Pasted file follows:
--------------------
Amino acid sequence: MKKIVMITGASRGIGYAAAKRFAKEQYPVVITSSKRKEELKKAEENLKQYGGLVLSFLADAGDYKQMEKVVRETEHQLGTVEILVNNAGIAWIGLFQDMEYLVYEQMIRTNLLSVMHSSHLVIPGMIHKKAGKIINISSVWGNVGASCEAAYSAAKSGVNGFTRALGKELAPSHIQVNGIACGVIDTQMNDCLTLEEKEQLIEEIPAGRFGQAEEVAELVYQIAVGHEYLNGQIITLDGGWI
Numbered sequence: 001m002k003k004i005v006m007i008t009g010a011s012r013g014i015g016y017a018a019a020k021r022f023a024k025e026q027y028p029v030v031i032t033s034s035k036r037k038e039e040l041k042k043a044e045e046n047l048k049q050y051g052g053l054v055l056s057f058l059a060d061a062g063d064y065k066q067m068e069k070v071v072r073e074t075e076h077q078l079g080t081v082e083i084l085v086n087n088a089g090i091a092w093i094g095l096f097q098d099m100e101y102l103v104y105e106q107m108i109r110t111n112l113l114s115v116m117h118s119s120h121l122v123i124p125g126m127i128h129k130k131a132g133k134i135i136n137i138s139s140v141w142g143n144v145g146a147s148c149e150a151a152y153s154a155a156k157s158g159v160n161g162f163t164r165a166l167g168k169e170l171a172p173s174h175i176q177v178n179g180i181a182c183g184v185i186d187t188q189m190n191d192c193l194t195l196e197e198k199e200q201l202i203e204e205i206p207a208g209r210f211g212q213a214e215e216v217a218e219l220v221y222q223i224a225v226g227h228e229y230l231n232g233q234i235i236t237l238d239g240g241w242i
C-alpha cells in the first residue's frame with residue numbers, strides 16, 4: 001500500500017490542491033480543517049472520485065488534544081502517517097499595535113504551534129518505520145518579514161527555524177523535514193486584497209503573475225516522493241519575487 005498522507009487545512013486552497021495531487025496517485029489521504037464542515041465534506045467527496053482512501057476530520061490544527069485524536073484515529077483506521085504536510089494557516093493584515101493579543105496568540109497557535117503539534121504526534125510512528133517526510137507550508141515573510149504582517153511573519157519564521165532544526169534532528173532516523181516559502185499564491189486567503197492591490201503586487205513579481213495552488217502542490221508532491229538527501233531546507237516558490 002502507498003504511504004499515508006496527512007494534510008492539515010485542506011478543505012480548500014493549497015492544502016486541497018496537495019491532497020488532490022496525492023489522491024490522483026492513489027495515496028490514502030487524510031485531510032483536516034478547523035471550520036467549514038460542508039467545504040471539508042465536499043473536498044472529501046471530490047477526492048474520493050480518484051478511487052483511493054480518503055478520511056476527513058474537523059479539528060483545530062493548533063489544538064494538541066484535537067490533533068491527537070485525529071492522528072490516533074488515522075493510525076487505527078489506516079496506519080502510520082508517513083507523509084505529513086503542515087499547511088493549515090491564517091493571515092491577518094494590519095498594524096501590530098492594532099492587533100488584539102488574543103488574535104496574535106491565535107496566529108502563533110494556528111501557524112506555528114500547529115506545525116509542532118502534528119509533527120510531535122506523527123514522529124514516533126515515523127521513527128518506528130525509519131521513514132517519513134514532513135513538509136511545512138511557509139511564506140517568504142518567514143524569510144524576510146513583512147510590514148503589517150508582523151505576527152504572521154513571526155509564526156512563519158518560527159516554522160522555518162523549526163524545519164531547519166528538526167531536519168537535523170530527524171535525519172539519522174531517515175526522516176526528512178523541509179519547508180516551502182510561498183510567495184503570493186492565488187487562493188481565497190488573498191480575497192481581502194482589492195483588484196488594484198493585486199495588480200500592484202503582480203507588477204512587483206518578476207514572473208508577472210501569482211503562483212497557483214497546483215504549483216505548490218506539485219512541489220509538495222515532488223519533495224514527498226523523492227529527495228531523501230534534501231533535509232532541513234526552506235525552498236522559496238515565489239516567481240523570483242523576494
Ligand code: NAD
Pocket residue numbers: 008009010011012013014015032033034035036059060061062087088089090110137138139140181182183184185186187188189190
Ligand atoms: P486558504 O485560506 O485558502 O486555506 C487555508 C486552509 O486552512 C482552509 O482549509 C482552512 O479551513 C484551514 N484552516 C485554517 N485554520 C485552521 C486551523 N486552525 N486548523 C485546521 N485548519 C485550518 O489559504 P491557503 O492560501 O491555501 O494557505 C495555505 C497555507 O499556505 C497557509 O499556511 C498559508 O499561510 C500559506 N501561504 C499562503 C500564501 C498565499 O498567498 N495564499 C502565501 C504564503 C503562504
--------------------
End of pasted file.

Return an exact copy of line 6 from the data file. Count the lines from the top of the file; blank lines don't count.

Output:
Ligand atoms: P486558504 O485560506 O485558502 O486555506 C487555508 C486552509 O486552512 C482552509 O482549509 C482552512 O479551513 C484551514 N484552516 C485554517 N485554520 C485552521 C486551523 N486552525 N486548523 C485546521 N485548519 C485550518 O489559504 P491557503 O492560501 O491555501 O494557505 C495555505 C497555507 O499556505 C497557509 O499556511 C498559508 O499561510 C500559506 N501561504 C499562503 C500564501 C498565499 O498567498 N495564499 C502565501 C504564503 C503562504